Cloud storage also isn't an appropriate choice for Tier 1, Tier 2 or block-based data storage, says Jim Ziernick, president and CEO of San Diego-based Nirvanix. "If someone is trying to replace a SAN in supporting a transaction-processing system like CRM, we're not appropriate. Even if we did do block-level storage, the latency of the internet would cause a noticeable delay," he says.

"What we can do with cloud storage is give users nearly the access that they have with [network-attached storage]," he adds.

Data backup, archiving and disaster recovery are three likely uses for the cloud, says Engate.

"The cloud is for any kind of large-scale storage need with any kind of static-type data," he says. "You don't want to store a database in the cloud, but you might store a historic copy of your database in the cloud instead of storing it on very expensive SAN or NAS technology."

"A good rule of thumb is to consider cloud storage only for latency-tolerant applications," says Terri McClure, a storage analyst at Enterprise Strategy Group in Milford, Massachusetts. "Backup, archive and bulk file data would all do well in the cloud, where subsecond response time is not a requirement." On the other hand, databases and any other data that is "performance-sensitive" aren't suited for cloud storage because of latency, she notes.

But before moving any data to a cloud, public or private, users need to address a more fundamental question, says Mark Tonsetic, programme manager at The Corporate Executive Board's Infrastructure Executive Council.

"If you go to cloud storage, does it solve the problem of understanding where and why storage growth is out of control and where the point of value is [in storing a particular set of data] in the entire end-to-end business process? Just moving the technology to a cloud is not an optimal solution," Tonsetic says.

4. Who is using cloud storage today, and how are they using it?

Start-ups and new Web 2.0-based service providers, such as San Francisco-based Cloudize, are among the biggest users of cloud storage, at least for the time being. Cloudize bills itself as the first SaaS-based file collaboration tool focused on small to midsize enterprises. CEO Edwin Fu says the tool was designed to centralise all of a company's files in a cheap, scalable and collaborative way.

One of Cloudize's Web 2.0-based applications lets users of Salesforce.com – the granddaddy of software as a service – store and share data, such as big sales presentations and video, in the public cloud. San Diego-based Nirvanix provides the public storage cloud behind Cloudize.

Fu, a former Salesforce.com employee, describes that company's users as "low-hanging fruit" when it comes to signing up cloud storage customers. "We picked the Salesforce.com audience because they're comfortable with SaaS and SaaS-based storage," he says. "They already have their most sensitive contact data in the cloud. What we're doing is taking the next step."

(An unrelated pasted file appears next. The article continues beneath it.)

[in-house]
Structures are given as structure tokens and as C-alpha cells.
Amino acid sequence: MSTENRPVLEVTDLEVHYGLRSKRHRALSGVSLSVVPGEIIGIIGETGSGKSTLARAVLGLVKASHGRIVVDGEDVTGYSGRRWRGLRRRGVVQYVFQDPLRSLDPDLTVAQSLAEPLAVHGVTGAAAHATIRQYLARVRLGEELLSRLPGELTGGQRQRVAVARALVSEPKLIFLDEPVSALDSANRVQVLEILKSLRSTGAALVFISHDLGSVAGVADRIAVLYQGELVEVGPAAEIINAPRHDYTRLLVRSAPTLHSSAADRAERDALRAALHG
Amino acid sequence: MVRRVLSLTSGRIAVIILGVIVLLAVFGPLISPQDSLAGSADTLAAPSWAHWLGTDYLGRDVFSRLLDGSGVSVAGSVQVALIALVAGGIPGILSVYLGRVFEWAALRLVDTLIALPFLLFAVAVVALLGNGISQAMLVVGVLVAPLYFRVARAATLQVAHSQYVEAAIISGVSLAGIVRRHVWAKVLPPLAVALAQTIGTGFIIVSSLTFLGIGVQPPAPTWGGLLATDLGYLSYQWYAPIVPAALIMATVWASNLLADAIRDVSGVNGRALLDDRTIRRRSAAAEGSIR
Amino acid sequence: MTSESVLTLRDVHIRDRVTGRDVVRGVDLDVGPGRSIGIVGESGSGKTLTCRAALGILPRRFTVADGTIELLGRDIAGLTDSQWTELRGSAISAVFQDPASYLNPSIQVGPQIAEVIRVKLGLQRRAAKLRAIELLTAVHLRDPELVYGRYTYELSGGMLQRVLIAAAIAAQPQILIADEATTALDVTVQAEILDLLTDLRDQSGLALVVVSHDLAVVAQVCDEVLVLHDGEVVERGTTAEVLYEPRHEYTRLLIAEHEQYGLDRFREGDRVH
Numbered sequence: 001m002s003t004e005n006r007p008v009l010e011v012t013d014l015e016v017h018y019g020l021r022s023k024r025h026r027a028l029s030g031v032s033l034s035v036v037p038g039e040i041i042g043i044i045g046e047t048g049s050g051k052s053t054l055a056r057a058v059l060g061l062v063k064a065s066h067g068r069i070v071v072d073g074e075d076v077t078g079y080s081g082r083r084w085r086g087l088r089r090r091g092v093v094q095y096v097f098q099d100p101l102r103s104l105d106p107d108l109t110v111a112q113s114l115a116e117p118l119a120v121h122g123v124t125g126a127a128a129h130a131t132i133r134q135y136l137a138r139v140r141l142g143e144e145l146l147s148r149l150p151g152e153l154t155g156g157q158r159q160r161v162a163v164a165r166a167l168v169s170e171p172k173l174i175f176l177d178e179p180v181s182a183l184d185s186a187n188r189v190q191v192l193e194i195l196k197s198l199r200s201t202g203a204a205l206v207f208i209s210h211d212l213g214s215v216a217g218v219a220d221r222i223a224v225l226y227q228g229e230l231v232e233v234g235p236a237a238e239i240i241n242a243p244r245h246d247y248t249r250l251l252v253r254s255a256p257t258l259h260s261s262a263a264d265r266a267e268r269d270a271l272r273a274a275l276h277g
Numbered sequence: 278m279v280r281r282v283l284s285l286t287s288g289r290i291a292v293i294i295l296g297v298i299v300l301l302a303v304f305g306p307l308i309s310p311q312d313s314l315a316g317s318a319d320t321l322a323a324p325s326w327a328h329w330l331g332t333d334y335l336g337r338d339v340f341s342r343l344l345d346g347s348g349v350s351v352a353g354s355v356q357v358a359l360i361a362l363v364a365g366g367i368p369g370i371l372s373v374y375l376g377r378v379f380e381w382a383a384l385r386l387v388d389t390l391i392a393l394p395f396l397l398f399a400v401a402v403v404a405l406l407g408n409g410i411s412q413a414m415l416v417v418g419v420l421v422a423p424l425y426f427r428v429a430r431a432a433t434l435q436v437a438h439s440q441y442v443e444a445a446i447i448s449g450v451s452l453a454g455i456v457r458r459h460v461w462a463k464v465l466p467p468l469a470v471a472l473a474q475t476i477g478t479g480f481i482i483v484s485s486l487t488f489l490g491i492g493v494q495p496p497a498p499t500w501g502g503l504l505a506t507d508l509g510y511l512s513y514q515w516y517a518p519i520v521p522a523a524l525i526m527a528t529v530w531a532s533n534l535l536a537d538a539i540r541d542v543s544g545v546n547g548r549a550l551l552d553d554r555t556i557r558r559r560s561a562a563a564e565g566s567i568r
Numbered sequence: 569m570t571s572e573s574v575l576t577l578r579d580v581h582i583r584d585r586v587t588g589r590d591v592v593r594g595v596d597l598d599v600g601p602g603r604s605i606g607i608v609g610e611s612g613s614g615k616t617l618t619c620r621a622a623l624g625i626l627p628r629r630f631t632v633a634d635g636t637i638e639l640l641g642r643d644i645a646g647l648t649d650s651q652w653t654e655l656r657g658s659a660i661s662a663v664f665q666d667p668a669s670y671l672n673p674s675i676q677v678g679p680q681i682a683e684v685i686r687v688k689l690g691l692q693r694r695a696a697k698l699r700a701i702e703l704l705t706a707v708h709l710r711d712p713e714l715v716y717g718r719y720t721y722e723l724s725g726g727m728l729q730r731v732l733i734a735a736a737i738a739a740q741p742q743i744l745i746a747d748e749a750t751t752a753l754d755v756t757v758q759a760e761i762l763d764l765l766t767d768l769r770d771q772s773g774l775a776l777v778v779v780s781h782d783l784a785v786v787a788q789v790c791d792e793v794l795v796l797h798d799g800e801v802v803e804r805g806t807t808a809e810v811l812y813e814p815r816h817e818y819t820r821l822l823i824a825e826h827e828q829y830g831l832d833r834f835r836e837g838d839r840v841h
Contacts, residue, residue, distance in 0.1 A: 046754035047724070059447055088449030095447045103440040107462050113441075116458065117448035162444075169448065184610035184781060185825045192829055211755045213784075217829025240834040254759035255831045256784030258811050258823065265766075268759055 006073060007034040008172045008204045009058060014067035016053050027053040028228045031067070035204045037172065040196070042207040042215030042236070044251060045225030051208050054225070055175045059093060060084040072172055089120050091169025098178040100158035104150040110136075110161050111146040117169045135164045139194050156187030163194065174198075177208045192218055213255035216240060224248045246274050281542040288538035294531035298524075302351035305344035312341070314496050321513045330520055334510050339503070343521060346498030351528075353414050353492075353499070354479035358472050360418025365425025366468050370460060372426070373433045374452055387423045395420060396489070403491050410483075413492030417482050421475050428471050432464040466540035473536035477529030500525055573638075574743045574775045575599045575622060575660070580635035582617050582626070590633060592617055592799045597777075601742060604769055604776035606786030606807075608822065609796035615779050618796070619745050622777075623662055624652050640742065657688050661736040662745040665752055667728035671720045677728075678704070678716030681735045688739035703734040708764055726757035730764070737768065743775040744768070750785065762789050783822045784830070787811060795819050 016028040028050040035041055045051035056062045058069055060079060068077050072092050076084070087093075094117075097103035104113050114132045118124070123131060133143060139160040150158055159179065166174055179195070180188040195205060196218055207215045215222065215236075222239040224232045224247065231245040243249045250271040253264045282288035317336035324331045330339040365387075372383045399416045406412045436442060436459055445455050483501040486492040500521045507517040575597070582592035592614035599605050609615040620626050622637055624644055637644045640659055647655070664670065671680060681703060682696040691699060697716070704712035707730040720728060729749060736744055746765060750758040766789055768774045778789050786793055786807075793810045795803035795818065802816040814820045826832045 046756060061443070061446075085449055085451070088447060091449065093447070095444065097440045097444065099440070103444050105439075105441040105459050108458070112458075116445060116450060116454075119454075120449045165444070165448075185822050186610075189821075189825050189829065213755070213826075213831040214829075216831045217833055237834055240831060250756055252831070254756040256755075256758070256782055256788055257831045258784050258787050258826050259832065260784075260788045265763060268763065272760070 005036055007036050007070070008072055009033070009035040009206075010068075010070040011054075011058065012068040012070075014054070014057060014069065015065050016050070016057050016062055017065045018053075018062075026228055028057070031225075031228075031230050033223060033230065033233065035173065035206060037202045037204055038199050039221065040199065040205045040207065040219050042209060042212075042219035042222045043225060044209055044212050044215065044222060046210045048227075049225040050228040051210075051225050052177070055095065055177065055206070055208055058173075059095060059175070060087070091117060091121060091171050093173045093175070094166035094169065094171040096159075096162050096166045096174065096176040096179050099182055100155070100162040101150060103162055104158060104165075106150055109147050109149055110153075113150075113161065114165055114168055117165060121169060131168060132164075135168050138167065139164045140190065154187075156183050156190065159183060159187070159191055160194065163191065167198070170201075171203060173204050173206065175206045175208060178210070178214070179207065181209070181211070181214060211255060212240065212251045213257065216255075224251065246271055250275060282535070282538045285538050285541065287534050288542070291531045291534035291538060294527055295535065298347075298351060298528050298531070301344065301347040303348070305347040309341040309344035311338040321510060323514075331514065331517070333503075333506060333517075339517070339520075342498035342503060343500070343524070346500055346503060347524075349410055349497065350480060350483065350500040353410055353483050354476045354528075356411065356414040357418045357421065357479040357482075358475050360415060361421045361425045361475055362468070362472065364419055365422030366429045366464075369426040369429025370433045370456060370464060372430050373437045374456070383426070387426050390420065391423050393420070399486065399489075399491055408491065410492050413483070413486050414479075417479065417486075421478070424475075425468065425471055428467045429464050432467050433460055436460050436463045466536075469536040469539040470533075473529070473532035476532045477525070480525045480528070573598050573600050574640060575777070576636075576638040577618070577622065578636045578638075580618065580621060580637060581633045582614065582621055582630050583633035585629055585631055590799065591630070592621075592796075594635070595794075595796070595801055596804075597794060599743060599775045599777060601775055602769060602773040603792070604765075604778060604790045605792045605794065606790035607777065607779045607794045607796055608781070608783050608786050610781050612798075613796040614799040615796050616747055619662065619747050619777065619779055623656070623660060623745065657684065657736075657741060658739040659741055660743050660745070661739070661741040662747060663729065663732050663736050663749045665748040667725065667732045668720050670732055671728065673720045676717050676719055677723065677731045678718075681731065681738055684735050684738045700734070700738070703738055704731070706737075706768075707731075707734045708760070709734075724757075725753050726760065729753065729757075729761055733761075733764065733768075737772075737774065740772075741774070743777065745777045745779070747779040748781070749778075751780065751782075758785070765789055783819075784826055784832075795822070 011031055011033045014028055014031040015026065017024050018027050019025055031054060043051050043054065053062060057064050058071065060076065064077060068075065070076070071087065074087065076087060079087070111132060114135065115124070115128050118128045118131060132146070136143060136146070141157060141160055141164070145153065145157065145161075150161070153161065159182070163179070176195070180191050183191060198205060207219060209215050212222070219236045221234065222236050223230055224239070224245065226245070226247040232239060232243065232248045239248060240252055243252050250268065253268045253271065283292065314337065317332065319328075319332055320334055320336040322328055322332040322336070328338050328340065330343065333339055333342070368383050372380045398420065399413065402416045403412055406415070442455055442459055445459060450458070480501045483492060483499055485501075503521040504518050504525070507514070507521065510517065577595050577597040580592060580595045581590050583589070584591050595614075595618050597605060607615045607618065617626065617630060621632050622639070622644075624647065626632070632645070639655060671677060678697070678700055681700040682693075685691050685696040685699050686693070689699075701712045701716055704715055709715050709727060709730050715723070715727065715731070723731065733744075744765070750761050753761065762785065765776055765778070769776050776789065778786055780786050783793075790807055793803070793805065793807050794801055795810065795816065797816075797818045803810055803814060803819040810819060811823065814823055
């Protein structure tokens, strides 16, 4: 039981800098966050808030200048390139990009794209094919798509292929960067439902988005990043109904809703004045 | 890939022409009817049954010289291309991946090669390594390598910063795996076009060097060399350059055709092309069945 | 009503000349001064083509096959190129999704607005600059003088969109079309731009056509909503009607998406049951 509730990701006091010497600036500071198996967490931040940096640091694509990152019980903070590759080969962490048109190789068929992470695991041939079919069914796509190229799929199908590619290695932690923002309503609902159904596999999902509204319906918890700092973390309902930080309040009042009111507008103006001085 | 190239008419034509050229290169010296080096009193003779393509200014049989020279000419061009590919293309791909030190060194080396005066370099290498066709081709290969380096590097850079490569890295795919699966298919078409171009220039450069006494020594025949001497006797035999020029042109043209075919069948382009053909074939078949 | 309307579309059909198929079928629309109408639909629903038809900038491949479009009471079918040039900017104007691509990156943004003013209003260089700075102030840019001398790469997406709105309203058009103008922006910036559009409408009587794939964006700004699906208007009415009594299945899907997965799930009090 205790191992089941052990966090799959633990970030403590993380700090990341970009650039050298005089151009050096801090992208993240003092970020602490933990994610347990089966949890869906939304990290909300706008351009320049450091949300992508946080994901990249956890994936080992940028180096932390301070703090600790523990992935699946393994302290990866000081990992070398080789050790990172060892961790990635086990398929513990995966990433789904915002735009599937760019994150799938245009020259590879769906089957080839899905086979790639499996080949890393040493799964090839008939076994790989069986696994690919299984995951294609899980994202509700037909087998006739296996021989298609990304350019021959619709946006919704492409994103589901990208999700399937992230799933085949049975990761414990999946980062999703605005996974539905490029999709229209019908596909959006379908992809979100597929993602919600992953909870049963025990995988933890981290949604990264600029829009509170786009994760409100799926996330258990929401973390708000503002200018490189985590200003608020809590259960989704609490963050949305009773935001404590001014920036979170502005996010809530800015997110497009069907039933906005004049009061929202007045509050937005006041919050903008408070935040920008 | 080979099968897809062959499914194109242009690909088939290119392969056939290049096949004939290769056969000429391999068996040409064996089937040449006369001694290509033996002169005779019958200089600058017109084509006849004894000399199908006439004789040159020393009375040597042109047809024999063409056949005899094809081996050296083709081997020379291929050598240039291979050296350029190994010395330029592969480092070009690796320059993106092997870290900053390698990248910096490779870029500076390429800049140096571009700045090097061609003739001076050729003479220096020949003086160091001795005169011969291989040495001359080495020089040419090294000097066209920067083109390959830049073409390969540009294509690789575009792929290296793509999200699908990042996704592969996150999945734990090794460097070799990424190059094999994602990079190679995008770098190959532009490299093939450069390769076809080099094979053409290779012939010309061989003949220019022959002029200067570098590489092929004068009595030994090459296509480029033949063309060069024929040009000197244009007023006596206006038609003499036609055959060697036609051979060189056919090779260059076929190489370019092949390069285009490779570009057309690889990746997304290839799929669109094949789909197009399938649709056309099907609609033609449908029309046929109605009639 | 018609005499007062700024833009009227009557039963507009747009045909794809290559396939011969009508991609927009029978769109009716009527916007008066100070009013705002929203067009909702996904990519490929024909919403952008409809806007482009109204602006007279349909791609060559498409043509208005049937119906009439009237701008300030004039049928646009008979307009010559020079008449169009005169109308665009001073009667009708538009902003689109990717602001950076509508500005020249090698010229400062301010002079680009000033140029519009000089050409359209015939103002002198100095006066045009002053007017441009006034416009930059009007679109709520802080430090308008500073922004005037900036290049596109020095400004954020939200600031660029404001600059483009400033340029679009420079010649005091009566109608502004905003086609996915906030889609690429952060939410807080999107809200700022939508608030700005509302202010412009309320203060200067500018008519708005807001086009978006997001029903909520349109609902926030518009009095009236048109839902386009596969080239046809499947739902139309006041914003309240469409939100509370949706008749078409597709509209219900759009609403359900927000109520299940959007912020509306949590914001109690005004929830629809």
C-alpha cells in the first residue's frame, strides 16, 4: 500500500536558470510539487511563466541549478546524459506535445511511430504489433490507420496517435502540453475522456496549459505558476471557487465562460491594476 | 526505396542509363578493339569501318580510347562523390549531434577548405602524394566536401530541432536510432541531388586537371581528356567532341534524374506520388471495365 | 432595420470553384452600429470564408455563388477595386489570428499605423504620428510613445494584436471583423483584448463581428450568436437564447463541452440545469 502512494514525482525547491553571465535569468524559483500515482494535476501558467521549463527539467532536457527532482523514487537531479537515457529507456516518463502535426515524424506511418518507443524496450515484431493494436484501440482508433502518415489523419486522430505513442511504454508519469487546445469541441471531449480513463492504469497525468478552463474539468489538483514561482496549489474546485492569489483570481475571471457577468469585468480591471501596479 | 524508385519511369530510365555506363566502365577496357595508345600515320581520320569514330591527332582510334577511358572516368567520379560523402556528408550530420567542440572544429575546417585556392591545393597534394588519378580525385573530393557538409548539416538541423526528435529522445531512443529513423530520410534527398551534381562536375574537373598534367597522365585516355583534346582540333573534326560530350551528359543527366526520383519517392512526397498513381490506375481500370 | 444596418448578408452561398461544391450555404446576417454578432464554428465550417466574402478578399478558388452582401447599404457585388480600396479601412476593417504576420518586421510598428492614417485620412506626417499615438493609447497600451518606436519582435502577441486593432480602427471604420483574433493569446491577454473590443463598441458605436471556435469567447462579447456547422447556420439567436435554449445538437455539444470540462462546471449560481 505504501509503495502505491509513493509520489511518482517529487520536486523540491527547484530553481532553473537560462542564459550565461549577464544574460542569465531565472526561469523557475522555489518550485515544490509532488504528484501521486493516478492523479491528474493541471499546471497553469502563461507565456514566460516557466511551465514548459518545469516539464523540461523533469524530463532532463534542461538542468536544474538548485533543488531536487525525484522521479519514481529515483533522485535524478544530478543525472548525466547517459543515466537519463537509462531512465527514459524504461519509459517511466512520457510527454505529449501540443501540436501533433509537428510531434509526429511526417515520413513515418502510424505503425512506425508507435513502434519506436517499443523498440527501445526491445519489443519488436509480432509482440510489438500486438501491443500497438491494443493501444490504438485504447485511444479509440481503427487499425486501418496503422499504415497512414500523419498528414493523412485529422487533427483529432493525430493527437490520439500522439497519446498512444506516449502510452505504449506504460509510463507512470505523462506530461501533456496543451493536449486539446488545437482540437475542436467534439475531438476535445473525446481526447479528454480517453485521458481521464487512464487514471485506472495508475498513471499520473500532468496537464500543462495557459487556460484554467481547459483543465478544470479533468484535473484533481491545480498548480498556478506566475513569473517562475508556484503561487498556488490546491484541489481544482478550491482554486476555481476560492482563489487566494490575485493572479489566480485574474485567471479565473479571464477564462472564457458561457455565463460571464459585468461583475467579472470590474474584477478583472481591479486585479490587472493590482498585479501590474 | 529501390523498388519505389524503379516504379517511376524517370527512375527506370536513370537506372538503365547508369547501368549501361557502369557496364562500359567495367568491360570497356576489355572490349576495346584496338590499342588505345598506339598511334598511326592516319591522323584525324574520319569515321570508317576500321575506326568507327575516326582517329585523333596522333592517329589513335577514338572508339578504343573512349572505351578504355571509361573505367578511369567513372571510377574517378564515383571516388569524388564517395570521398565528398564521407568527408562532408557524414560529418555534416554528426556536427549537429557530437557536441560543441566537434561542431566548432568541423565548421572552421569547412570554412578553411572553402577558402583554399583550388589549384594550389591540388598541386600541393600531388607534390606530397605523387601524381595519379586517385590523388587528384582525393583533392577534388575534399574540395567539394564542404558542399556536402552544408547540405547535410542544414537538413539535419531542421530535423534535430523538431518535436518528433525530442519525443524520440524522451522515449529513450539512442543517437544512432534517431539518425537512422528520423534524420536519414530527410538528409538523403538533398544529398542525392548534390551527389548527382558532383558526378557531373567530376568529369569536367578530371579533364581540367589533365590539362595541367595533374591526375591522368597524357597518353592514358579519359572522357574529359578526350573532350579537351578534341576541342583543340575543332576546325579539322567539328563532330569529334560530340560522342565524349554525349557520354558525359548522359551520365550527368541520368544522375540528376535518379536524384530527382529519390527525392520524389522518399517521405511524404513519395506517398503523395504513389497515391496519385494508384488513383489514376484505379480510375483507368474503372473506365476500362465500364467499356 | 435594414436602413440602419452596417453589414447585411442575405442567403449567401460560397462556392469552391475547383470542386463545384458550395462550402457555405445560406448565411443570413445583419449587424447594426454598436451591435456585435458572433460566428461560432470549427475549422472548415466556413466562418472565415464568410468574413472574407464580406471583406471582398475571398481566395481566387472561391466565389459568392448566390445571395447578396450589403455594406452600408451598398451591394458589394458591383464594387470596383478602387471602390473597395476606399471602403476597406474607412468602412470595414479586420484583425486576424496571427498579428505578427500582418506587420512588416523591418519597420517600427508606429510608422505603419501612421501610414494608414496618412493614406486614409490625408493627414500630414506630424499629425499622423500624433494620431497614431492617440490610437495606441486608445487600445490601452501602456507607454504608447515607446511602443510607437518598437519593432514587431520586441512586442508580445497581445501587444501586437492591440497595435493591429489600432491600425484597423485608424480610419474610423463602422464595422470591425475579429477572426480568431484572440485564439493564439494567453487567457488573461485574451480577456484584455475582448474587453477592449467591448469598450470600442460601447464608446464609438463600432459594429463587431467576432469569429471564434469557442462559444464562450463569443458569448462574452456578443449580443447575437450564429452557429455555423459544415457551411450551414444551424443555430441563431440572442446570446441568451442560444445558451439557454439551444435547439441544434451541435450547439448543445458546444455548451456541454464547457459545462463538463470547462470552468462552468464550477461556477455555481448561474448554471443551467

On the larger enterprise side, cloud storage customers are fewer and farther between. "We are in the very early stages of adoption. Typically, when we're talking to customers, we're talking with classic early adopters," says Nirvanix's Ziernick.

These include strictly regulated financial services companies that are required by law to store client audio conversations and other large data files, and content delivery networks that store and then stream images, audio and video to customers. More and more, users within companies are tapping cloud storage for pilot projects and proof-of-concept initiatives, Ziernick says.

Schumacher Group, an emergency medicine management and staffing company based in Lafayette, Louisiana, stores a range of documents, including contracts and reports, on Salesforce.com's cloud platform, Force.com. It also houses all accounts receivable, general ledger and accounts payable data in a hosted PeopleSoft enterprise software system, and its employee benefit information on a hosted system from Workday Inc.

"We have over 50 percent of our processes living in the cloud currently," says CIO Douglas Menefee. "All are sizable data sets with thousands of transactions being performed on a daily basis," he adds. He anticipates that by the end of this year, 75 percent of the company's processes will be in the cloud.

• Does cloud storage eliminate the need for inhouse technical resources?

Public clouds remove the need for server and storage administrators, but not all technical resource requirements go away, according to ParaScale's Maxey. Many public cloud storage services use newer protocols, such as WebDav or REST, for access, he notes. If a customer's in-house applications don't support those protocols, the technical staff will need to make changes to code. Otherwise, Maxey says, "it's like being dropped in a foreign country and not knowing the language."

Newer software applications developed in a modular fashion will be easier to adapt for storage clouds, he says; older applications will be more difficult.